Blood counts or CBCs are commonly ordered for babies under two months with fever. The WBC or white blood cell count has been thought to be a good test.
High or low white blood cell counts with increase in the number of neutrophils or cells which rise during infection, would lead the doctor to order other tests such as a urine probe, Chest xray and at times a spinal tap. Serious infections such as meningitis, pneumonia and sepsis can then be diagnosed and treated quickly.
Like many things in medicine and for that matter in life, what was thought to be true turns out to be not necessarily the case.
A recent study cast significant doubt on the value of the CBC test. In this study, infants younger than 60 days who turned out to have a serious infection did not always have high or low white blood counts. In fact about 20% of infants had normal counts!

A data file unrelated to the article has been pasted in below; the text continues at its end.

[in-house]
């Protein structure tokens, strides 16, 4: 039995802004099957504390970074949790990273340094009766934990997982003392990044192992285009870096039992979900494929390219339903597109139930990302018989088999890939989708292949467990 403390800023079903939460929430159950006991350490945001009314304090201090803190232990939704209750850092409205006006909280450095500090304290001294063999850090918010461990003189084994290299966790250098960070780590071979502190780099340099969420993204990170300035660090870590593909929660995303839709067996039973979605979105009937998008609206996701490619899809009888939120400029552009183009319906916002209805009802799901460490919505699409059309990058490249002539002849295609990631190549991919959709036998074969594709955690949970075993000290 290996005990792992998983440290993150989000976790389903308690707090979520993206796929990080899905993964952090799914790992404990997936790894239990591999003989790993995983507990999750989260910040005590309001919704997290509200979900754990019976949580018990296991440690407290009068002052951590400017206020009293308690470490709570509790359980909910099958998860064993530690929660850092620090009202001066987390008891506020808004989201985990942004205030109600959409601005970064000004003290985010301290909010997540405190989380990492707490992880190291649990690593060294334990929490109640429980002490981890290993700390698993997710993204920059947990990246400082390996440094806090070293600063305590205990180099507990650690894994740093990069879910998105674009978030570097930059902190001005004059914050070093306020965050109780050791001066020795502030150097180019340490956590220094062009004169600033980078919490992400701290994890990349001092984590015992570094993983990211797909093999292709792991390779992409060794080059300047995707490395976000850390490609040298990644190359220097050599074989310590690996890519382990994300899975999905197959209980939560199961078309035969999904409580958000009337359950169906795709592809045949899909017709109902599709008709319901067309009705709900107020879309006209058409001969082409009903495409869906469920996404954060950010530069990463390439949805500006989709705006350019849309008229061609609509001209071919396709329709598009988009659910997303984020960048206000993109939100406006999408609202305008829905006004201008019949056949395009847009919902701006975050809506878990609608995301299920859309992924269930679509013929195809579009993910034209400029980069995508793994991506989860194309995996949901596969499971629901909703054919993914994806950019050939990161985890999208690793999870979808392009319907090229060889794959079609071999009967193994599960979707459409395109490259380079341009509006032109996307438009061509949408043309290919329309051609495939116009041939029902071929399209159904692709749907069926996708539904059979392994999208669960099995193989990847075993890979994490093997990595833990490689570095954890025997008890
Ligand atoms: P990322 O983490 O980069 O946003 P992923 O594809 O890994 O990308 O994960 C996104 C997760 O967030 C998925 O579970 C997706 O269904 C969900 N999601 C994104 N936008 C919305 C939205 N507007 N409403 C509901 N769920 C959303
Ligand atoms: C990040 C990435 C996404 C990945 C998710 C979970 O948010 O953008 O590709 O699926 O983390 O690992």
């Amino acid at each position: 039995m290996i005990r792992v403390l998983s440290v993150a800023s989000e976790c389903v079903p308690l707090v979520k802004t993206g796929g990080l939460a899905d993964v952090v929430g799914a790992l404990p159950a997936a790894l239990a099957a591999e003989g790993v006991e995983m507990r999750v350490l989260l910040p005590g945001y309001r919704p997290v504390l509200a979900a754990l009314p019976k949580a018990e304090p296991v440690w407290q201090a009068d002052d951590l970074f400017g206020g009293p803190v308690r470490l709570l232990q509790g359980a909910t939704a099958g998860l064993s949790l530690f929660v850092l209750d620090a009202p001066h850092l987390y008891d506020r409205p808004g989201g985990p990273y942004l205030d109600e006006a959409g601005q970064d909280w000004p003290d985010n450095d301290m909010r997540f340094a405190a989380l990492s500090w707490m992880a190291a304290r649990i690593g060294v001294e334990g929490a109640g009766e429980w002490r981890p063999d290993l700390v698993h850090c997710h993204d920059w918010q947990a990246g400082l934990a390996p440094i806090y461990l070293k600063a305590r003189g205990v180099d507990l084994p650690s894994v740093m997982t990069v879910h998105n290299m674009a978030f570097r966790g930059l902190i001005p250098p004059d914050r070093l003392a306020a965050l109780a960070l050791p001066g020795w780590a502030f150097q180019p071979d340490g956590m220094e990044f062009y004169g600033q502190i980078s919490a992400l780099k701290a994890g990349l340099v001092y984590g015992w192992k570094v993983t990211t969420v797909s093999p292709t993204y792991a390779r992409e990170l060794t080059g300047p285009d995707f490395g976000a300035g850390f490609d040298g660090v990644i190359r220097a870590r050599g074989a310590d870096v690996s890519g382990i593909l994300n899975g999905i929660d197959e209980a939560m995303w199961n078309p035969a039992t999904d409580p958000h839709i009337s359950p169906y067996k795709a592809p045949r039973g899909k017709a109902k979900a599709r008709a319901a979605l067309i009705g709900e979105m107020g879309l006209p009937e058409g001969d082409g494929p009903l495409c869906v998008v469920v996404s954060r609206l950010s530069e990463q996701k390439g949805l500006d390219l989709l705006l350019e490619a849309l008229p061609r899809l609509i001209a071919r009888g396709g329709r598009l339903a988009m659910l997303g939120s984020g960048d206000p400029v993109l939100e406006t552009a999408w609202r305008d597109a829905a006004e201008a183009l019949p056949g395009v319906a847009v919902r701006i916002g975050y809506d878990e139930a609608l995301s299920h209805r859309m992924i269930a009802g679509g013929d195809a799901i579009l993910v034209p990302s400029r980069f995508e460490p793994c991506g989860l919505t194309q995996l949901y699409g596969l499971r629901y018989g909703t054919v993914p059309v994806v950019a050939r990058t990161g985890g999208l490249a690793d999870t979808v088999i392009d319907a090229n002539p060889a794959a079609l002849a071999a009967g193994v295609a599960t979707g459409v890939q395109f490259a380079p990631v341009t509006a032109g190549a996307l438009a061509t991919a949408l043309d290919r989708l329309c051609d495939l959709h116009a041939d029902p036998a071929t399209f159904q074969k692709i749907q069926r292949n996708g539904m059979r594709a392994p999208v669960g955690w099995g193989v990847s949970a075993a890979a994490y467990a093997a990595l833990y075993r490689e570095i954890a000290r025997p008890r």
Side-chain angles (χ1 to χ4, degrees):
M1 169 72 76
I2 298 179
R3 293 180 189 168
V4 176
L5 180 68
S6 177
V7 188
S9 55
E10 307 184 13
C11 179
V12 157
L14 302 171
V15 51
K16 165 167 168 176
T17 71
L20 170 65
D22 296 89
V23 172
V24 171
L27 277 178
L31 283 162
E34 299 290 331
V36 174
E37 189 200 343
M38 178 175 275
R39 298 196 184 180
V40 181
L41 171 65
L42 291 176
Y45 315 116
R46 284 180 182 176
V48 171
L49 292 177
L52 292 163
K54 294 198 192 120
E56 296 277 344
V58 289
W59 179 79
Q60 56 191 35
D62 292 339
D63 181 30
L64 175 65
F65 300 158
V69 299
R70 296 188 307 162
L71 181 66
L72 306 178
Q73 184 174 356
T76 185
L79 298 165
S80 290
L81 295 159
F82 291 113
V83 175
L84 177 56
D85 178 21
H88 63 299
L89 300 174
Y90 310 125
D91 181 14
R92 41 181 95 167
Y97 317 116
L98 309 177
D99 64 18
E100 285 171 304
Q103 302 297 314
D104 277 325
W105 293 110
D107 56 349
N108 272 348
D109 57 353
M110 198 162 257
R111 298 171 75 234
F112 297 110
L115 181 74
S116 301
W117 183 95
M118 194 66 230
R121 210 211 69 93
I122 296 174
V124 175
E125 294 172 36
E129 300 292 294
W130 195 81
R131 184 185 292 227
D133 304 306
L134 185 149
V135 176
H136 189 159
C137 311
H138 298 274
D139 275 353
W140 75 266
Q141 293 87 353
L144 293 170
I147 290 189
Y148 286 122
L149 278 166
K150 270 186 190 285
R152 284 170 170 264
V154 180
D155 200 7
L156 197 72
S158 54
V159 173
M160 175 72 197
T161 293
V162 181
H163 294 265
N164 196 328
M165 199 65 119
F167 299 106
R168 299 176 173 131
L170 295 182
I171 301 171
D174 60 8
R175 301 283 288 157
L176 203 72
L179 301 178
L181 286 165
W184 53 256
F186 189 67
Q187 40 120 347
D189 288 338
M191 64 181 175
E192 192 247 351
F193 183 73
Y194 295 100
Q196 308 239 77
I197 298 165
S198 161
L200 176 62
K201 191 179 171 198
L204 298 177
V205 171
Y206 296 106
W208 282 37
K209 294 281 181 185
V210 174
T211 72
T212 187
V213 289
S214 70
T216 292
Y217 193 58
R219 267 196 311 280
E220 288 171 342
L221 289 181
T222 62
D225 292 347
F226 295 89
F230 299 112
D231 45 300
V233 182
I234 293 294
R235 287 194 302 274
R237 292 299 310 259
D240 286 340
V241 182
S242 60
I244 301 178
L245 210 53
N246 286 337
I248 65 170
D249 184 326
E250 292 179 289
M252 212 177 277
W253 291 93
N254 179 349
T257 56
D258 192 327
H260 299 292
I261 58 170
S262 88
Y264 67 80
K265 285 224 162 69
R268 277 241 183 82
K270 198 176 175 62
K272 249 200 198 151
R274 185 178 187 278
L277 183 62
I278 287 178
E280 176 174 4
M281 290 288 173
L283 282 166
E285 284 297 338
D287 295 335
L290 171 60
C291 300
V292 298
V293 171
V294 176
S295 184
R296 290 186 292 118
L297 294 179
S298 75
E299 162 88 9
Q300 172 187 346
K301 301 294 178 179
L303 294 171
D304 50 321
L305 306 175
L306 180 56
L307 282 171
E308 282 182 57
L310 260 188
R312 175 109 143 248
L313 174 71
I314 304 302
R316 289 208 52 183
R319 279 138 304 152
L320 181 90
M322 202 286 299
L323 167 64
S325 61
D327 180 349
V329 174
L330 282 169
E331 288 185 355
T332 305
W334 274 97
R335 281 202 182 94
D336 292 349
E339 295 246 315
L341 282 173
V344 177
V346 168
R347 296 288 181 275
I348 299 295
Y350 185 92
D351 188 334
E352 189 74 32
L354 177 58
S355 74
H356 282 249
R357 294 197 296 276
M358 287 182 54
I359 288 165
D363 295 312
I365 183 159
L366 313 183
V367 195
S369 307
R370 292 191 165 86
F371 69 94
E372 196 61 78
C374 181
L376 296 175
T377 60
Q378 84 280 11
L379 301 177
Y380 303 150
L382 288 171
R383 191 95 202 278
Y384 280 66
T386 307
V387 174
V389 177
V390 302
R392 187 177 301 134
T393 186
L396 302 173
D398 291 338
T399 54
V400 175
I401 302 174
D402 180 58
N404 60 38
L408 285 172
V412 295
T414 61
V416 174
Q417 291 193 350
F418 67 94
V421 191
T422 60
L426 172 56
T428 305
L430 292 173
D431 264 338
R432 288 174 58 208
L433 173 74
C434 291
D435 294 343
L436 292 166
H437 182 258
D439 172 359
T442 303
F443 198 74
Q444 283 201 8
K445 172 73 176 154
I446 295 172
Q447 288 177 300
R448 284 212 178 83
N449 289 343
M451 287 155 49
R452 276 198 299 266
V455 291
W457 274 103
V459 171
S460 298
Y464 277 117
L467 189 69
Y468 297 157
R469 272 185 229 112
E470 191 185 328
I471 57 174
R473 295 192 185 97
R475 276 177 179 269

Other tests which measure inflammation called inflammatory markers have been developed. These include procalcitonin and C reactive protein. These studies will undoubtedly help the doctor decide whether a baby with a fever just has a virus or something more serious.
In my mind just as valuable is experience. In other words a physician in practice for several years will usually know by looking at the baby whether or not this baby is sick and needs more testing.
So both newer tests and intuition are helpful tools to make important decisions.